[SERIE A PREVIEW] Juventus started the 2011-12 Serie A season with a new coach, Antonio Conte, and a new stadium and
ended it having never lost. It begins the 2012-13 season without Conte, suspended for 10 months in the latest game-fixing scandal. But such are the problems of Juve's rivals that the loss of Conte
should pose no problem in its title defense.
HEAVYWEIGHT. With all the talent leaving AC Milan, there can only be one favorite in Serie A this season.
Conte inherited a seventh-place team, but it managed to become the first team in Serie A history to go unbeaten and win the Scudetto -- Perugia finished the 1978-89 season without a loss and without the title -- despite enduring 15 ties.
Juventus Stadium is the only venue in Italy owned by a club, providing revenue other teams don’t have. Those monies allowed Juve to add depth for its return to the Champions League.
It paid third-place Udinese almost $25 million for two of its best young players, Kwadwo Asamoah from Ghana and the versatile right back Mauricio Isla from Chile. Brazilian Lucio will bring his vast experience in defense from Inter.
No one scored more than 10 games in league play for the champions last season, but attacker Sebastian Giovinco, born in Turin, will bring his 15 tallies at Parma a year ago back to his former club.
Gianluigi Buffon, 34, was terrific in goal, but it was the addition of Andrea Pirlo that gave Juve a focal point. Shown the door in Milan after 10 seasons, Pirlo was masterful from the deep midfield, controlling matches as Conte shuffled average strikers.
NEXT IN LINE. No club will have had a bigger impact on the Serie A race than Paris St. Germain, which bought up the league’s top scorer, Zlatan Ibrahimovic, and best defender, Thiago Silva, from AC Milan for $80 million. PSG also broke out its checkbook to buy Ezequiel Lavezzi from Napoli for nearly $30 million, and Marco Verrati of newly promoted Pescara went a bargain at $12 million.
In Italy, which now has three Champions League spots, having lost one to the Bundesliga, six teams will fight for the two seats alongside Juve at the head of the standings.
In Milan, the San Siro’s notoriously ragged field, shared by AC Milan and Inter Milan, was replaced with a synthetic grass hybrid. The two teams also got makeovers, though the Rossoneri’s wasn’t pretty.
Aging veterans Gennaro Gattuso, Alessandro Nesta and Clarence Seedorf left for Switzerland, Canada and Brazil, respectively, while Filippo Inzaghi retired. Mark van Bommel took his hatchet home to PSV.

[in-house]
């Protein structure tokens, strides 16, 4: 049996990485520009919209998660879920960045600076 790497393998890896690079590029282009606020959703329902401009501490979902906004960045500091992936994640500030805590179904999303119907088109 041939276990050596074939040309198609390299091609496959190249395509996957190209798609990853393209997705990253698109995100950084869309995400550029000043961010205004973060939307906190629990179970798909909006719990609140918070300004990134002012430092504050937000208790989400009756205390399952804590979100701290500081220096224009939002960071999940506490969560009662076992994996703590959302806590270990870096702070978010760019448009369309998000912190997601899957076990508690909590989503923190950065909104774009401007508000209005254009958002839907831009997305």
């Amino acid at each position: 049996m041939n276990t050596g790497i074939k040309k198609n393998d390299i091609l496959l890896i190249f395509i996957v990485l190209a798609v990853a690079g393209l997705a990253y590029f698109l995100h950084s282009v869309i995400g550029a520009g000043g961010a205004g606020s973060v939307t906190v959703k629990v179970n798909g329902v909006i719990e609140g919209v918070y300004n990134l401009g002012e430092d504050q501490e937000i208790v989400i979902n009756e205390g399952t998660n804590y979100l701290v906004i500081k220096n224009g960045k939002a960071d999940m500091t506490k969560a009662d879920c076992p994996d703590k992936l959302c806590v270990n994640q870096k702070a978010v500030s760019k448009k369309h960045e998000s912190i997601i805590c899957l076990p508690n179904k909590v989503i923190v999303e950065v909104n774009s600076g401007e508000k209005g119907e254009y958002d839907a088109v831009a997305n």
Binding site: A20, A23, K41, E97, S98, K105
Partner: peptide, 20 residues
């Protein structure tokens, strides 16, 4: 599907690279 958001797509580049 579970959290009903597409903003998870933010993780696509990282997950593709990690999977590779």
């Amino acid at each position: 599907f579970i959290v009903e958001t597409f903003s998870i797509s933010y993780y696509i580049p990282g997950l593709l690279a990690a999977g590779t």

Cristian Zapata is on loan from Villarreal to help replace Silva and Nesta in defense, while midfielder Riccardo Montolivo comes from Fiorentina on a free transfer.
Forwards Antonio Cassano and Giampaolo Pazzini swapped locker rooms at the San Siro. Milan gets Pazzini, 28, while Cassano, 30, is now at Inter, which finished a disappointing sixth last year, missing Champions League play for the first time in 10 years.
Udinese made the Champions League playoffs by finishing third last season but it could be tough sledding this fall. A top six finish would be welcome after selling Asamoah, Isla and goalie Samir Handanovic (now at Inter) to teams with more money.
Management in Naples said it wouldn’t break up the “three tenors” -- Edinson Cavani, Marek Hamsik and Lavezzi -- after a season that saw finish fourth in Serie A and beat Juve in the Coppa Italia final.
PSG’s euros brought Napoli midfielders Valon Behrami and Alessandro Gamberini from Fiorentina and young Chilean forward Eduardo Vargas from Universidad de Chile in place of Lavezzi. That was a nice haul, but keeping Cavani, who scored 33 times in all competitions, was key. If things break right, Napoli could be the one team to give Juve problems.
The two Rome teams, Lazio and Roma, were fifth and seventh, respectively. Lazio had a quiet summer, but its only move is a good one as Brazilian Ederson brings creativity in the midfield from Lyon to support German striker Miroslav Klose.
American-owned Roma figures to be one of many battling for Champions League soccer after adding several new faces, including fullback Federico Balzaretti from Palermo, young striker Mattia Destro from Siena and Michael Bradley, who joins a deep midfield after an excellent first Serie A campaign with Chievo Verona.
PROMOTION/RELEGATION. Lecce was relegated after finishing 18th, then dropped to Lega Pro Prima Divisione for its part in the recent scandal. Novara’s fairy-tale promotion after 55 years in the minor leagues, including 33 straight in the third division, ended after one season. Cesena, third division just two seasons ago, won four games all year and was dropped. Pescara won Serie B to return to Serie A after 19 years down. Torino finished second to rejoin city rival Juve at the top. Sampdoria only managed sixth place after falling out of Serie A in 2011 but won the four-team playoff last spring to return.